The most fundamental and essential reality for Husserl was transcendental subjectivity, but the essence of this ‘internal’ subjectivity was an irreducible interaction between subjective and objective poles of an intentional act, continually remaking the nature of self and world in their reciprocal dance. For Husserl, the pure ego functions as nothing but an empty zero point or center of activity. Heidegger’s position is more radical. The interaction between self and world is not the function of a reflective consciousness being affected by a world, but a self continually reinvented by a world which transcends it. In both Husserl and Heidegger, the most fundamental and irreducible reality is relational becoming.The freedom in this becoming is to be found neither in a solipsist ‘inside’ nor in an empirical ‘outside’ but in the way that a self is continually exposed to and changed by an irreducible outside , a radical alterity that cannot be dominated by a pre-defined will.

    Lee Braver speaks about this outside in terms of

    a reality unformed by human concepts, when a true beyond touches us, sending shivers through our conceptual schemes, shaking us out of any complacent feeling-at-home.”

    Building a bridge, or making a sculpture out of clay, involves a fine-grained sensitivity to context such that one’s desires, intentions and perceptions adjust themselves to the way that what is at stake and at issue is responsive to the world that talks back to
    us from beyond our own resources. A common criticism of Idealist notions of that will is that while it gives us the freedom to think what we want , it sees wanting and desiring as already within the control of the willing subject rather than it being the case that we can’t choose to want what we want but find ourselves desiring. My question to you is what, if any, substative properties and attributes do you see as irreducibly associated with the will, properties unaffected by exposure to an outside?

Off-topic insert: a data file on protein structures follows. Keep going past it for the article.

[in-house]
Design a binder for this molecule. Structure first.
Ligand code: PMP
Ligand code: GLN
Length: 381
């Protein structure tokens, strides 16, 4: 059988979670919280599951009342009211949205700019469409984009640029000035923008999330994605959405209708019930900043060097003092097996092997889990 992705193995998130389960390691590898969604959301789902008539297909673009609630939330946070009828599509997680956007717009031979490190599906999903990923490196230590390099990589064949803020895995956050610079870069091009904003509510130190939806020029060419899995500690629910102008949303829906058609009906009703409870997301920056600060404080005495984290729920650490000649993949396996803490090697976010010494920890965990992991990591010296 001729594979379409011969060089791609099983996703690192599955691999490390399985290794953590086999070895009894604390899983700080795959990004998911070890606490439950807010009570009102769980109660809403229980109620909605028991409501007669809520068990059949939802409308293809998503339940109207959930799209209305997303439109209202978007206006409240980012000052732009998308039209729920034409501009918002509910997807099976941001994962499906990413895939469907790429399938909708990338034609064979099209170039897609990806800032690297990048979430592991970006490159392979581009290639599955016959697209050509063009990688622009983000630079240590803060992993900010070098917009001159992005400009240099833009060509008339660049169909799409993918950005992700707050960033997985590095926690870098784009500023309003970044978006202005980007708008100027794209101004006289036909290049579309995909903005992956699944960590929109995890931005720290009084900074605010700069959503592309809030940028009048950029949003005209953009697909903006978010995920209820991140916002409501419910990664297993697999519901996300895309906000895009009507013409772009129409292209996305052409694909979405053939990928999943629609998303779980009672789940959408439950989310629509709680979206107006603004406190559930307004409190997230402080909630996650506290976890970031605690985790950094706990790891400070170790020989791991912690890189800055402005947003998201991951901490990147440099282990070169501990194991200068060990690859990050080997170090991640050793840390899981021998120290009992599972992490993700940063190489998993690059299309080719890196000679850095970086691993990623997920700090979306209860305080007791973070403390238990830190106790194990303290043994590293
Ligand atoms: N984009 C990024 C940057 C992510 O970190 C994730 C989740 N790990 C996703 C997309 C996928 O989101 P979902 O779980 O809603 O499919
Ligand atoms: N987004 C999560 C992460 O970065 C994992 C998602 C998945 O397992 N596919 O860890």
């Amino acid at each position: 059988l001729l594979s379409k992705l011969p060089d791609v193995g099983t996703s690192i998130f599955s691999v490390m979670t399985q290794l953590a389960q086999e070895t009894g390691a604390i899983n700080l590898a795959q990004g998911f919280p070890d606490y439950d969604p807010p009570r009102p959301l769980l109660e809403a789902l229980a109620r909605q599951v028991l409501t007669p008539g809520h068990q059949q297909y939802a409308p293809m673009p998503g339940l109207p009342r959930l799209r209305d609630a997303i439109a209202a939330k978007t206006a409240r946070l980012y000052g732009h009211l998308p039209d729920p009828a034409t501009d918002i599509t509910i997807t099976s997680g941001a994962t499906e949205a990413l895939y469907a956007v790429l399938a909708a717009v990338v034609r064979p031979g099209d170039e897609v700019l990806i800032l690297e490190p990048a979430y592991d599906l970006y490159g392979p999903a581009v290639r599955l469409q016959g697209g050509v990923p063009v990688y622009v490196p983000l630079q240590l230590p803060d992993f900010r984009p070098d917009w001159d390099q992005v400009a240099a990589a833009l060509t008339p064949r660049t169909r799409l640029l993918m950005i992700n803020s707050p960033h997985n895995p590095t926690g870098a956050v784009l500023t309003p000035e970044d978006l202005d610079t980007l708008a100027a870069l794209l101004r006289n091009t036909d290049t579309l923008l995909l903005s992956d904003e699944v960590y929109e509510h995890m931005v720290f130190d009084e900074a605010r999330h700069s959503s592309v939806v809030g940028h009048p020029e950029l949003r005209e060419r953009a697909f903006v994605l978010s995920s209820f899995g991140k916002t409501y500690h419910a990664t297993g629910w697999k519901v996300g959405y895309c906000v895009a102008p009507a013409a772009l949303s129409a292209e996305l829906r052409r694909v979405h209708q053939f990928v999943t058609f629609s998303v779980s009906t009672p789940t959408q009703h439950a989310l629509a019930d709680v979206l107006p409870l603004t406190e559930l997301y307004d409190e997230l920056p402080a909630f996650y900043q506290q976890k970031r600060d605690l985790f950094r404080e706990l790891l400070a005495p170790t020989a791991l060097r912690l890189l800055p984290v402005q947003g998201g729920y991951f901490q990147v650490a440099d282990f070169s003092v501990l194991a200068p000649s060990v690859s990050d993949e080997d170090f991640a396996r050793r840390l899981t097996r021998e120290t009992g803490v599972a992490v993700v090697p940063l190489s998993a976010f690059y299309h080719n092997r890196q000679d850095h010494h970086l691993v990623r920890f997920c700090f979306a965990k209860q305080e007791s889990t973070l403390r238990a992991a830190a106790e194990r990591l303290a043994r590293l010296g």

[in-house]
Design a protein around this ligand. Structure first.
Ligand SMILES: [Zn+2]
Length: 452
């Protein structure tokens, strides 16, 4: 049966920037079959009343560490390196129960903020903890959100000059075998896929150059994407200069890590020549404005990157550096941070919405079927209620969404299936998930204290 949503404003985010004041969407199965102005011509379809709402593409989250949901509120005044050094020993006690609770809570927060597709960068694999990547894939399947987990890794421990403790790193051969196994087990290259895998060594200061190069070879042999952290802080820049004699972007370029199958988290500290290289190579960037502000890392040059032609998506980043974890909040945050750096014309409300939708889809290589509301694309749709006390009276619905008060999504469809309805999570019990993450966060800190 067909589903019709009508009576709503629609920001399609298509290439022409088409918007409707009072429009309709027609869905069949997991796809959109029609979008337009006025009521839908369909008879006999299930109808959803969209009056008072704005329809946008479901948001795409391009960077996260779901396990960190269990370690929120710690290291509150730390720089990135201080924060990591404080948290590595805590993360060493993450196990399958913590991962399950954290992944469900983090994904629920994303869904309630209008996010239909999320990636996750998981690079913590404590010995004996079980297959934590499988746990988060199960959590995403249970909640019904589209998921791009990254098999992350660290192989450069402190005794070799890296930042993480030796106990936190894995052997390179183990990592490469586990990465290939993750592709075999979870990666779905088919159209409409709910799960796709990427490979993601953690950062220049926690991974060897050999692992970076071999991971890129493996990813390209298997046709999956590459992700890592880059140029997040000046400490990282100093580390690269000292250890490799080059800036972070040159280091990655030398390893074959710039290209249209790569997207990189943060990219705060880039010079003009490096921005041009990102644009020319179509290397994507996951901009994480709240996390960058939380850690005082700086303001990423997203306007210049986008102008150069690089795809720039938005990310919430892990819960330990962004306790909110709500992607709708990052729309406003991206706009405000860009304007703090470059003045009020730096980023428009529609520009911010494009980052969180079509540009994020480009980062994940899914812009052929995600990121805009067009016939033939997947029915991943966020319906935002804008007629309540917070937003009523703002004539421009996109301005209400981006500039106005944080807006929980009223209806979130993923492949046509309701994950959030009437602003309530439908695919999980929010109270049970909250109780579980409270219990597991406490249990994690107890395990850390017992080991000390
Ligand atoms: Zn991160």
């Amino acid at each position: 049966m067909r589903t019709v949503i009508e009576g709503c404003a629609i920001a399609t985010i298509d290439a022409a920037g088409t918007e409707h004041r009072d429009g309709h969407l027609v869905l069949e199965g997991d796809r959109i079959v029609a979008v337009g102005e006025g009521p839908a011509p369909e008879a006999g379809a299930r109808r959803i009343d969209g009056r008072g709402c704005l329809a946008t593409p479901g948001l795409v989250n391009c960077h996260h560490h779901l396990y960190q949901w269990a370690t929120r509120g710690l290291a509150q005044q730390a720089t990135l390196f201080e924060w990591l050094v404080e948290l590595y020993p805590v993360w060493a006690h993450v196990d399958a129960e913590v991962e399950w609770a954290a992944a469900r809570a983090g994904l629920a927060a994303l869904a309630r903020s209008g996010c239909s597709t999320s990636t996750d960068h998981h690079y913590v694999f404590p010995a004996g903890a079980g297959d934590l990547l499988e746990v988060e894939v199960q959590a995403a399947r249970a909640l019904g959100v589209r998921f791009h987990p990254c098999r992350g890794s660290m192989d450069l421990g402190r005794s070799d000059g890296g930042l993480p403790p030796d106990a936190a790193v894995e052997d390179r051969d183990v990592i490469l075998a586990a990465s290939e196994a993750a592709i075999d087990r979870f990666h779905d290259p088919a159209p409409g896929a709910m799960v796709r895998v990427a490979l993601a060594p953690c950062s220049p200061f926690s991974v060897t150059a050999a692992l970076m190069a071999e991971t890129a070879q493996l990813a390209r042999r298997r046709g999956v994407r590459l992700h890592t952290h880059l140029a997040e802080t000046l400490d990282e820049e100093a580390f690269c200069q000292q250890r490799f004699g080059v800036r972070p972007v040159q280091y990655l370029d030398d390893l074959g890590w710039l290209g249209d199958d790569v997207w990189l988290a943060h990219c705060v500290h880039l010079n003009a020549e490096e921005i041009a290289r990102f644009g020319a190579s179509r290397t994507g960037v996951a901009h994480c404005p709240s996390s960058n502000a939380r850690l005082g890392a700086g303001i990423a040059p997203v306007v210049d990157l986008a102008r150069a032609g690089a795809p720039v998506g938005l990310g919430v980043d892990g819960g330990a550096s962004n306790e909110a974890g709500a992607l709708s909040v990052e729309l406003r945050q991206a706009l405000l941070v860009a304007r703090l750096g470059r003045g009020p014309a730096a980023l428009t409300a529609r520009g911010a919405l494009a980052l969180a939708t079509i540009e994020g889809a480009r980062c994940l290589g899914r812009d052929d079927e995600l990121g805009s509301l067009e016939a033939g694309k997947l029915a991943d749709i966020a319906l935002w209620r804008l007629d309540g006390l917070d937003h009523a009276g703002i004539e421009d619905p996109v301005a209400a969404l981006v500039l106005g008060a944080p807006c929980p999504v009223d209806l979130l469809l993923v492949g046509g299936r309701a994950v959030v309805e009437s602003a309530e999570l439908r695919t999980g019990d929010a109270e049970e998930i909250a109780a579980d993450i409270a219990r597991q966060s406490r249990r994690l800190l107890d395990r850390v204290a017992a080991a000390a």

• Fate v. Determinism
    As I've said, fundamental realities cannot be explained by secondary realities. Numbers are not explained by addition, because addition presupposes numbers. That we think everything should be scientifically or "logically" analyzable is a symptom of our intellectual biases. Science and logic both presuppose free will, they don't explain itLeontiskos

    This is not to say that science and logic deal only with secondary realities. That is , an aspect of what science does, the philosophical aspect that allows it to move from one scheme to alternative schemes , frees it from remaining stuck within any particular secondary logic. Meanwhile, there are primary philosophical logics (Hegel’s dialectic, Husserl’s transcendental logic) that describe fundamental realities. There is no inherent limitation in science that should prevent it from addressing fundamental realities, only provisional limitations of the same sort that limit particular philosophies. I would say that the scientific approaches Hanover has in mind don’t destroy freedom in nature (quantum indeterminacy) , but question the coherence of certain unitary notions of the will. I would also question those unitary notions, preferring to see the will as a differential system. But unlike Hanover I don’t see this system as operating via the unfreedom of efficient causality.